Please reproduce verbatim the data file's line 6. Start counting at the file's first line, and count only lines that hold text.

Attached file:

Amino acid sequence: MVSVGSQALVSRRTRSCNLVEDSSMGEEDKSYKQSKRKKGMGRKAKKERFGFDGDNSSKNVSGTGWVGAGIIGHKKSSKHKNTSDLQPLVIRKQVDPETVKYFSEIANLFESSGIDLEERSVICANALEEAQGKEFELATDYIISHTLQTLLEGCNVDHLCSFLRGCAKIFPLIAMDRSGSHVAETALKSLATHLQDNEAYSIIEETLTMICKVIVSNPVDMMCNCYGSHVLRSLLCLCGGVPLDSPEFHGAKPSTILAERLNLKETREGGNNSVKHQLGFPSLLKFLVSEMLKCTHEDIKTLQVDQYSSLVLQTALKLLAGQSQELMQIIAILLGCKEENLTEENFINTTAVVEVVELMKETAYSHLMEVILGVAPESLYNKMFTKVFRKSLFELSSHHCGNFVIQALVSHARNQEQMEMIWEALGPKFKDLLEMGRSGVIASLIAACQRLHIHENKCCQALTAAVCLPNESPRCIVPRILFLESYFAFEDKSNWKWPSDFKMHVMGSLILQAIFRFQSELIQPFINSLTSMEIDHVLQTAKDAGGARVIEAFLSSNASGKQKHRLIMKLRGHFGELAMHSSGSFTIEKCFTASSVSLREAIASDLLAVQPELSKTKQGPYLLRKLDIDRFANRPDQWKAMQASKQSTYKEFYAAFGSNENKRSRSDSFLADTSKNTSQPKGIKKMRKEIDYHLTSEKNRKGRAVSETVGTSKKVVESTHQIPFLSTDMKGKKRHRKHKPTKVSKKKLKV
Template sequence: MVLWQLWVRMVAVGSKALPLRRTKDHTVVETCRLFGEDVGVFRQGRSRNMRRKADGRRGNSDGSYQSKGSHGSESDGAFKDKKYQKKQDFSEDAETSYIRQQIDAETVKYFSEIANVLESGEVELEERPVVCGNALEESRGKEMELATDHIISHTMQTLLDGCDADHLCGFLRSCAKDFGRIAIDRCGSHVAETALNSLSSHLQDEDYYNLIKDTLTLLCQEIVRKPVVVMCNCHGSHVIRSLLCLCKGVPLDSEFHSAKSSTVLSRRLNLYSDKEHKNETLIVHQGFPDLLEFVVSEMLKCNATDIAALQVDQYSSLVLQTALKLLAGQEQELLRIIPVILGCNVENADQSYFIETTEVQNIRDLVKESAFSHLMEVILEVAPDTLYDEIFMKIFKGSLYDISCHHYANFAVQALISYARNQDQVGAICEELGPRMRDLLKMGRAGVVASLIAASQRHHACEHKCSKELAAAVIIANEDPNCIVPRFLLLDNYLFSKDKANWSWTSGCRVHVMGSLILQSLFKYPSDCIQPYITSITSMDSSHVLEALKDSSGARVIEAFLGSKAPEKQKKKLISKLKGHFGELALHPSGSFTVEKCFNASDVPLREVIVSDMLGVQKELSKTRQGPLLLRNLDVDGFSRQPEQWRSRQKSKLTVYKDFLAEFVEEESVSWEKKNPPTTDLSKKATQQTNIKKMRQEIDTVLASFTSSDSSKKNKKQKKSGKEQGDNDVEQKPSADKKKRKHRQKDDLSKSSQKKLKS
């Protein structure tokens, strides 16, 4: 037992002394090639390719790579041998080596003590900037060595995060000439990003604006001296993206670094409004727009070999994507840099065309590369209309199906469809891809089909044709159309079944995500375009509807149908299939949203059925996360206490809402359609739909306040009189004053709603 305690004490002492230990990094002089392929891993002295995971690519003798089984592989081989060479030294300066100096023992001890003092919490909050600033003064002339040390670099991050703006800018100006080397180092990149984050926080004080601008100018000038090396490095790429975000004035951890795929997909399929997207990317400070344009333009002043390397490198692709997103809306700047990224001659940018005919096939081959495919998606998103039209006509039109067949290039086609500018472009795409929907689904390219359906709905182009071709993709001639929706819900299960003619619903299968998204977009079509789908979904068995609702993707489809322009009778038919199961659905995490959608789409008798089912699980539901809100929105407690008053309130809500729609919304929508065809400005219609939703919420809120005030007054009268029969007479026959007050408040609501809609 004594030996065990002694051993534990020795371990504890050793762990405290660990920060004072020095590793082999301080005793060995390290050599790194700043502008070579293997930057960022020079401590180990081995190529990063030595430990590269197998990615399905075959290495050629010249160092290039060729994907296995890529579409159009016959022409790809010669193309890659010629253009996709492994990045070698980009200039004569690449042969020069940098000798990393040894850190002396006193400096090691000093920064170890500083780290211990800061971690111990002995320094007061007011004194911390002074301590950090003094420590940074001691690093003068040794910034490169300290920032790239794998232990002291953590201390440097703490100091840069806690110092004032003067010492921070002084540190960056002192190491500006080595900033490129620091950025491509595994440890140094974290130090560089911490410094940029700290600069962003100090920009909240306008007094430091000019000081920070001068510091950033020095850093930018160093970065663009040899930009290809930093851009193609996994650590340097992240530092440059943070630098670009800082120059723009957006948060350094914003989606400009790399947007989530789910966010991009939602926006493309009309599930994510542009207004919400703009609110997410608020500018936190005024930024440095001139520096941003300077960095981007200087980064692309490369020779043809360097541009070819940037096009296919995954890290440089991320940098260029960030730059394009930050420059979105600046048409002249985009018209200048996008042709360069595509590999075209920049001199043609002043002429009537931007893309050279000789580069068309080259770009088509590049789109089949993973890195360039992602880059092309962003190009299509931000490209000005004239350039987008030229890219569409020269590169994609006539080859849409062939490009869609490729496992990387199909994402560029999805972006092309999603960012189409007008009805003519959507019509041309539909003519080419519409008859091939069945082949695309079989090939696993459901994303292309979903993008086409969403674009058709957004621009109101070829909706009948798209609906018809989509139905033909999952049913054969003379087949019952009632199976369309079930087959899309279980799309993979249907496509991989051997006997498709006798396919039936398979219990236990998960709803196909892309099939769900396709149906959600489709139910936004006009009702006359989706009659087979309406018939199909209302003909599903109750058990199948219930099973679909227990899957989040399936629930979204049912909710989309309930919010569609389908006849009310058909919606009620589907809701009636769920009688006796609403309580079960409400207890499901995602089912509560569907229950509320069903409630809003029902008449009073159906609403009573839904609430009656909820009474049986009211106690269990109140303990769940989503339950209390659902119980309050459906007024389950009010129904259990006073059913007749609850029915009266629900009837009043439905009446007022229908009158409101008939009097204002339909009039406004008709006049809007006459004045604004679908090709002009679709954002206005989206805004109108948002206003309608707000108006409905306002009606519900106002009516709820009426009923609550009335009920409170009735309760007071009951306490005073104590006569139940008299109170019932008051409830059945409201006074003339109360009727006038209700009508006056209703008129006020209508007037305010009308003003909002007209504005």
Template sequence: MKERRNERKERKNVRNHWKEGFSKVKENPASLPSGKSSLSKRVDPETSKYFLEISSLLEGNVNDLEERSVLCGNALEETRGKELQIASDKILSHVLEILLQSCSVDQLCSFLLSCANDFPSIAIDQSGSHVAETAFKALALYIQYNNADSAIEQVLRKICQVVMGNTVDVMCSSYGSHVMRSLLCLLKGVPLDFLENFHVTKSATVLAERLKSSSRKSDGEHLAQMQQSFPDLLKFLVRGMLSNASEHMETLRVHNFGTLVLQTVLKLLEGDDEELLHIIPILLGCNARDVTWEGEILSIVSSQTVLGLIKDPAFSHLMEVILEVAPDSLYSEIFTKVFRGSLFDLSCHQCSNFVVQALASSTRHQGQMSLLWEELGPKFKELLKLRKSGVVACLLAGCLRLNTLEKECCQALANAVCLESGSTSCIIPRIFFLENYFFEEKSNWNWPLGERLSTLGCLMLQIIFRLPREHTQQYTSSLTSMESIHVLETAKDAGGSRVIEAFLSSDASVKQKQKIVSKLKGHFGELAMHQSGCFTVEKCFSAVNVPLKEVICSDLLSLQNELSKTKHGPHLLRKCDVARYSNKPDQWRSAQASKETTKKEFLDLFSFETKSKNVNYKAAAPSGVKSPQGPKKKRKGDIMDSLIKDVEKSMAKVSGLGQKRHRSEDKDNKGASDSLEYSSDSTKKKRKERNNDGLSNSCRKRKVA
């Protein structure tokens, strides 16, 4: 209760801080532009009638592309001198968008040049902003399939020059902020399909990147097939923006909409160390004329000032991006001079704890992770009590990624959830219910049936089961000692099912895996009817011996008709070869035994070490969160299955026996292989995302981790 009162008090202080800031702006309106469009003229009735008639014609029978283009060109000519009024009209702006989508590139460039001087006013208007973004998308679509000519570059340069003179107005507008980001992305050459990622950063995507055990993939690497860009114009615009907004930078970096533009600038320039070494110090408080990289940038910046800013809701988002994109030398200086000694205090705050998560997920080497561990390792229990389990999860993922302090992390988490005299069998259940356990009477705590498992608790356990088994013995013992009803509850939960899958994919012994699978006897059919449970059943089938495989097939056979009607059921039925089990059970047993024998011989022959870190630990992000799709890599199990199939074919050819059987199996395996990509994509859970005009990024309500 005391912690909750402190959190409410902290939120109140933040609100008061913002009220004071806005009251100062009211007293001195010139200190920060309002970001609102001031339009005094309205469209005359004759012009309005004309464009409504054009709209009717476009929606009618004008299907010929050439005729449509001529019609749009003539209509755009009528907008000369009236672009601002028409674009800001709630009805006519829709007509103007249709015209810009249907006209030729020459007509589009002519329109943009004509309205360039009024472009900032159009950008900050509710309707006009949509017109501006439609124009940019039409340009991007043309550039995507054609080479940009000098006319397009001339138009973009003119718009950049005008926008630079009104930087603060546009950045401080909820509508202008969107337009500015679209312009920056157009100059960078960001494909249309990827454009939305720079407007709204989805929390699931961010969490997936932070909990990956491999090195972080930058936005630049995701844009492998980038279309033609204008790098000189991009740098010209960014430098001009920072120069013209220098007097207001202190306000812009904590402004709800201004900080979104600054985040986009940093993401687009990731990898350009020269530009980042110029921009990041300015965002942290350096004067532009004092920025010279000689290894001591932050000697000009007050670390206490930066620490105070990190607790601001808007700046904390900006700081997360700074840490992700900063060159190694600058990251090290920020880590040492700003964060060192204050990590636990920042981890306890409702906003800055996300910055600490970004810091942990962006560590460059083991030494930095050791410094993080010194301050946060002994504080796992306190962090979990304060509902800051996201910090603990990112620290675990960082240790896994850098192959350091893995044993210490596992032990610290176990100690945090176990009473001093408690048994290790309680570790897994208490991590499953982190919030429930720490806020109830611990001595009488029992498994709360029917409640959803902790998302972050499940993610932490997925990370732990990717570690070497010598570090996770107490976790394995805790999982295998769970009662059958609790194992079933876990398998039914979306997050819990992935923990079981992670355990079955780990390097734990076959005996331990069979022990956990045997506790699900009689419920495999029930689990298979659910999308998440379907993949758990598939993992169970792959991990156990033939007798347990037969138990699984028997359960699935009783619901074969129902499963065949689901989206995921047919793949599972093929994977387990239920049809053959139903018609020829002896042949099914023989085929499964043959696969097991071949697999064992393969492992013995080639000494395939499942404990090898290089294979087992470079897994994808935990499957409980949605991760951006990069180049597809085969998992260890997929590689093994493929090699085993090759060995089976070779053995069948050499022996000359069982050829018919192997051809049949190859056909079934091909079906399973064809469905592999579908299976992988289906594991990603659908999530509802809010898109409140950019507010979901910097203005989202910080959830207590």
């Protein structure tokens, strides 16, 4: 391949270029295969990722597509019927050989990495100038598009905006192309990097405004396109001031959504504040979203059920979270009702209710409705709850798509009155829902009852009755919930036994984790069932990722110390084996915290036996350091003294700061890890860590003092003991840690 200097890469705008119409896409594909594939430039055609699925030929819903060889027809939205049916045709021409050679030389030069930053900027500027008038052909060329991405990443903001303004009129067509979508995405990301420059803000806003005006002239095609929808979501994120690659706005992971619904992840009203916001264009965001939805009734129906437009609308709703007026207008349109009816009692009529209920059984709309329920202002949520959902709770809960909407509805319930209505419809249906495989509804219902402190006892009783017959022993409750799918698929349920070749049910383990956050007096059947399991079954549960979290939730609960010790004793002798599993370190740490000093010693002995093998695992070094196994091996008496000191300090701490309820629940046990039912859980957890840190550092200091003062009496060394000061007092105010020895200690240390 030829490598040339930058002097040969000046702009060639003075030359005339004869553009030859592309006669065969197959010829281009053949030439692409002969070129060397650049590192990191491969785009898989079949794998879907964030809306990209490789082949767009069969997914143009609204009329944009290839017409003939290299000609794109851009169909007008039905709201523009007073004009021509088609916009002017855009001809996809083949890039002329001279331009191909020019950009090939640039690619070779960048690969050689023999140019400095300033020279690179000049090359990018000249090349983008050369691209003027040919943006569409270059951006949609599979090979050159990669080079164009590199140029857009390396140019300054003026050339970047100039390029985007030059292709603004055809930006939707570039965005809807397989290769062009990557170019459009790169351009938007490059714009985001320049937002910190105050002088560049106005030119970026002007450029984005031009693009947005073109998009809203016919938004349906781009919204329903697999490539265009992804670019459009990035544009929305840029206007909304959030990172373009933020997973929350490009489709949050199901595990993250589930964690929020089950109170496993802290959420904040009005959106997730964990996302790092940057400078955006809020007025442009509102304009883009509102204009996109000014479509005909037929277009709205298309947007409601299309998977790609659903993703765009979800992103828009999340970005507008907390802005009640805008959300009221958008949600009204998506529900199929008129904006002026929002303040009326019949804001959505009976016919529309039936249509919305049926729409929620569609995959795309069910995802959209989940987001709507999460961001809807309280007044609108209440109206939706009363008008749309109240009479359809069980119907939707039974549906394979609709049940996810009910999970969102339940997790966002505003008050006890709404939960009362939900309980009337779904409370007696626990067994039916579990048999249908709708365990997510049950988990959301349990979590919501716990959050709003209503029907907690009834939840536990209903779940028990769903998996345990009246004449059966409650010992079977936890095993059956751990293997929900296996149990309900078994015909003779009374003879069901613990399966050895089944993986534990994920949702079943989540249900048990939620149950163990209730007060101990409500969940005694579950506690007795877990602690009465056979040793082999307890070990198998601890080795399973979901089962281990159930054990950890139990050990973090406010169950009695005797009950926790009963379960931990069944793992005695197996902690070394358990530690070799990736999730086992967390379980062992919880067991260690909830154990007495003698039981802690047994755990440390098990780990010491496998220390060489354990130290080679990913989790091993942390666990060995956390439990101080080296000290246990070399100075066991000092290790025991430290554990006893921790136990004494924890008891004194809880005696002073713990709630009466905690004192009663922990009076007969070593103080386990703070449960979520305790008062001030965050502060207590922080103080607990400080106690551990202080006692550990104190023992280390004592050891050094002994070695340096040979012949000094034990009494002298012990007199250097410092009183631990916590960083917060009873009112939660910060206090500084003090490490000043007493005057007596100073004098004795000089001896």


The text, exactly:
């Protein structure tokens, strides 16, 4: 391949270029295969990722597509019927050989990495100038598009905006192309990097405004396109001031959504504040979203059920979270009702209710409705709850798509009155829902009852009755919930036994984790069932990722110390084996915290036996350091003294700061890890860590003092003991840690 200097890469705008119409896409594909594939430039055609699925030929819903060889027809939205049916045709021409050679030389030069930053900027500027008038052909060329991405990443903001303004009129067509979508995405990301420059803000806003005006002239095609929808979501994120690659706005992971619904992840009203916001264009965001939805009734129906437009609308709703007026207008349109009816009692009529209920059984709309329920202002949520959902709770809960909407509805319930209505419809249906495989509804219902402190006892009783017959022993409750799918698929349920070749049910383990956050007096059947399991079954549960979290939730609960010790004793002798599993370190740490000093010693002995093998695992070094196994091996008496000191300090701490309820629940046990039912859980957890840190550092200091003062009496060394000061007092105010020895200690240390 030829490598040339930058002097040969000046702009060639003075030359005339004869553009030859592309006669065969197959010829281009053949030439692409002969070129060397650049590192990191491969785009898989079949794998879907964030809306990209490789082949767009069969997914143009609204009329944009290839017409003939290299000609794109851009169909007008039905709201523009007073004009021509088609916009002017855009001809996809083949890039002329001279331009191909020019950009090939640039690619070779960048690969050689023999140019400095300033020279690179000049090359990018000249090349983008050369691209003027040919943006569409270059951006949609599979090979050159990669080079164009590199140029857009390396140019300054003026050339970047100039390029985007030059292709603004055809930006939707570039965005809807397989290769062009990557170019459009790169351009938007490059714009985001320049937002910190105050002088560049106005030119970026002007450029984005031009693009947005073109998009809203016919938004349906781009919204329903697999490539265009992804670019459009990035544009929305840029206007909304959030990172373009933020997973929350490009489709949050199901595990993250589930964690929020089950109170496993802290959420904040009005959106997730964990996302790092940057400078955006809020007025442009509102304009883009509102204009996109000014479509005909037929277009709205298309947007409601299309998977790609659903993703765009979800992103828009999340970005507008907390802005009640805008959300009221958008949600009204998506529900199929008129904006002026929002303040009326019949804001959505009976016919529309039936249509919305049926729409929620569609995959795309069910995802959209989940987001709507999460961001809807309280007044609108209440109206939706009363008008749309109240009479359809069980119907939707039974549906394979609709049940996810009910999970969102339940997790966002505003008050006890709404939960009362939900309980009337779904409370007696626990067994039916579990048999249908709708365990997510049950988990959301349990979590919501716990959050709003209503029907907690009834939840536990209903779940028990769903998996345990009246004449059966409650010992079977936890095993059956751990293997929900296996149990309900078994015909003779009374003879069901613990399966050895089944993986534990994920949702079943989540249900048990939620149950163990209730007060101990409500969940005694579950506690007795877990602690009465056979040793082999307890070990198998601890080795399973979901089962281990159930054990950890139990050990973090406010169950009695005797009950926790009963379960931990069944793992005695197996902690070394358990530690070799990736999730086992967390379980062992919880067991260690909830154990007495003698039981802690047994755990440390098990780990010491496998220390060489354990130290080679990913989790091993942390666990060995956390439990101080080296000290246990070399100075066991000092290790025991430290554990006893921790136990004494924890008891004194809880005696002073713990709630009466905690004192009663922990009076007969070593103080386990703070449960979520305790008062001030965050502060207590922080103080607990400080106690551990202080006692550990104190023992280390004592050891050094002994070695340096040979012949000094034990009494002298012990007199250097410092009183631990916590960083917060009873009112939660910060206090500084003090490490000043007493005057007596100073004098004795000089001896």